The train looks like the Hogwarts train! Steam pulses from the stack. An impressive grate probes the tracks in the front. And the gigantic wheels squeal and hiss as they roll to a stop in front of me.

“ALL ABOARD”

I pull my eyes from the time-stricken train to look for my ticket, and as I straighten, I realize the smells have changed, and that other travelers are wearing clothes from two centuries ago. Me too!

“ALL ABOARD”

I pick up my skirt and my carpetbag and walk toward the train. As I lift a dainty shoe up to the lowest step, my fluffy white petticoats peek out from under the rich blue satin skirt of my dress, tightly cinched at the waist. I catch a glimpse of myself in the train’s large window as I make my way back to my seat. My hair is bundled on my head, curls frame my face, and a matching blue satin hat accented with feathers perches atop my coiffure.

“TICKET?”

The conductor smiles down at me. He looks like Tom Hanks in “The Polar Express,” which doesn’t surprise me in the least. “Ticket?” he repeats kindly.

“Yes.” I pull the ticket from its little envelope, look down and see that we’re headed to someplace I’ve never heard of. Luckily, that’s exactly where I want to go. I sit back. Close my eyes. And I smile.

Joy seeps into my consciousness. “Hello there,” I say.

“Hello,” she replies. “It’s been too long.”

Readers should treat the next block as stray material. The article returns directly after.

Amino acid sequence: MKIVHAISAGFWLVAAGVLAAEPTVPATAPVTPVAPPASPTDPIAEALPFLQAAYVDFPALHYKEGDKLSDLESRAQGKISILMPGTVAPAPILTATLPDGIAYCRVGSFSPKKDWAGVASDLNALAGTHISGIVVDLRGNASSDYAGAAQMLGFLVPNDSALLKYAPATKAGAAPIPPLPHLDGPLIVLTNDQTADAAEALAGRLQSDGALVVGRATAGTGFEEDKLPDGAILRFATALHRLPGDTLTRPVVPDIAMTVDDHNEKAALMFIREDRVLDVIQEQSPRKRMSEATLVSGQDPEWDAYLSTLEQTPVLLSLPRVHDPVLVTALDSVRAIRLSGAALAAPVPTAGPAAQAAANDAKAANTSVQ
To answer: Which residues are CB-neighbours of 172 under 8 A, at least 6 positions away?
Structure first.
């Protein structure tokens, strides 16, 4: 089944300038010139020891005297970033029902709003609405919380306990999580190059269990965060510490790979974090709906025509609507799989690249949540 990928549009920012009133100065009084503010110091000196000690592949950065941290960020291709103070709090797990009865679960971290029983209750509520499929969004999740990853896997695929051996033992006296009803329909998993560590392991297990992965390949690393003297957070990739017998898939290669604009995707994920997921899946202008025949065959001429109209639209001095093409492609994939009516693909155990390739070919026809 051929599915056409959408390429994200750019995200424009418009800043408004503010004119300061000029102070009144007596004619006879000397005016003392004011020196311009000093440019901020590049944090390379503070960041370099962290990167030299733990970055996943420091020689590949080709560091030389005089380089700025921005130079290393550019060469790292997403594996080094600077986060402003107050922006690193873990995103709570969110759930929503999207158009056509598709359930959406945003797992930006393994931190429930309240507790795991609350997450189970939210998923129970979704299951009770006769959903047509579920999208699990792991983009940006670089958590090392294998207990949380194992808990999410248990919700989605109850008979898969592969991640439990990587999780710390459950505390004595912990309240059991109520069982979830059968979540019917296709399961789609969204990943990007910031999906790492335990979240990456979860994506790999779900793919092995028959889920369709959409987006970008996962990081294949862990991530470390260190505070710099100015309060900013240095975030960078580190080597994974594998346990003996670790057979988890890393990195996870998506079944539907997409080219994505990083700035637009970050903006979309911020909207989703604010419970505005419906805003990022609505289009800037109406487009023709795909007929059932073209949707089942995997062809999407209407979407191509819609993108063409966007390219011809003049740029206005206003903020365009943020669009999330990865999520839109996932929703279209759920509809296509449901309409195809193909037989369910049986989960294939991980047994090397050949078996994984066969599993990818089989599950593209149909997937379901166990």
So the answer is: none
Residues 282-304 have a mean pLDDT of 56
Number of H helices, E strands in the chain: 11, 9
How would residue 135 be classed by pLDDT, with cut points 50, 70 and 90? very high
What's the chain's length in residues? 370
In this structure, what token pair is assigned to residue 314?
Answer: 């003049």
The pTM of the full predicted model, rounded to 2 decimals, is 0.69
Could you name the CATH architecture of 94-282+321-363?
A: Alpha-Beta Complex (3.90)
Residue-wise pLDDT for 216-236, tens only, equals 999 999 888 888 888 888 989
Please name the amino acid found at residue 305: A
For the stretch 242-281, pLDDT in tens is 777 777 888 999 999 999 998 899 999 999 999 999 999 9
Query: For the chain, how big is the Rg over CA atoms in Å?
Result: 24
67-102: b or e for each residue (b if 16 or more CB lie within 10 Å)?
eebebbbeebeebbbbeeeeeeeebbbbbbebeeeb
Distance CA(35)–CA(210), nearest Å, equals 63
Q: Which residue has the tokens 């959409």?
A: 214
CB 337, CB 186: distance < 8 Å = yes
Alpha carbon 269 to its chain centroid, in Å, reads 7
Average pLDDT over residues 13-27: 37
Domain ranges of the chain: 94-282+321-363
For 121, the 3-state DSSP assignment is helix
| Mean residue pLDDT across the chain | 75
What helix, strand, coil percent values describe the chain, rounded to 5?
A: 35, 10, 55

What Would You Do if You Knew?

I sometimes wish I knew when I was going to die. I’d make different plans. Maybe I’d travel more, worry less. Why worry? What’s to worry about if something can’t kill you? Well, I have thought about that. Living in a mangled body would suck.

Severing one’s fear of death would take one thing off the list. Ha! I don’t worry about dying. I know that I will. Now I can know when. Ah, but the biggie is knowing how. Don’t know that yet. Maybe that’s for later science… hacking the “HOW” code, now that we’ve cracked the “WHEN” code. But does taking that ‘when’ question out of the equation help?

I wonder what a doctor would do for me if he or she knew I was going to die in two days? They certainly wouldn’t need to go to extremes to save my life. If saving my life wasn’t the goal, think of how much money I could save! The doctors would be much better off concentrating on making my last two days fun and restful rather than splitting me open and taking stuff out, to no avail. I’d prefer to be comfortable, thanks.

Meanwhile, what would I do if I knew I were going to die FOR SURE next Thursday? Hop a plane to Paris for three days. Then Venice. Yes. Venice. Florence? Why not? If I could squeeze it in.

That’s it for now. If my date to check out is not next Thursday, then I’ll stick around here for a while.

What about you? Where would YOU go?

What would you do if you knew?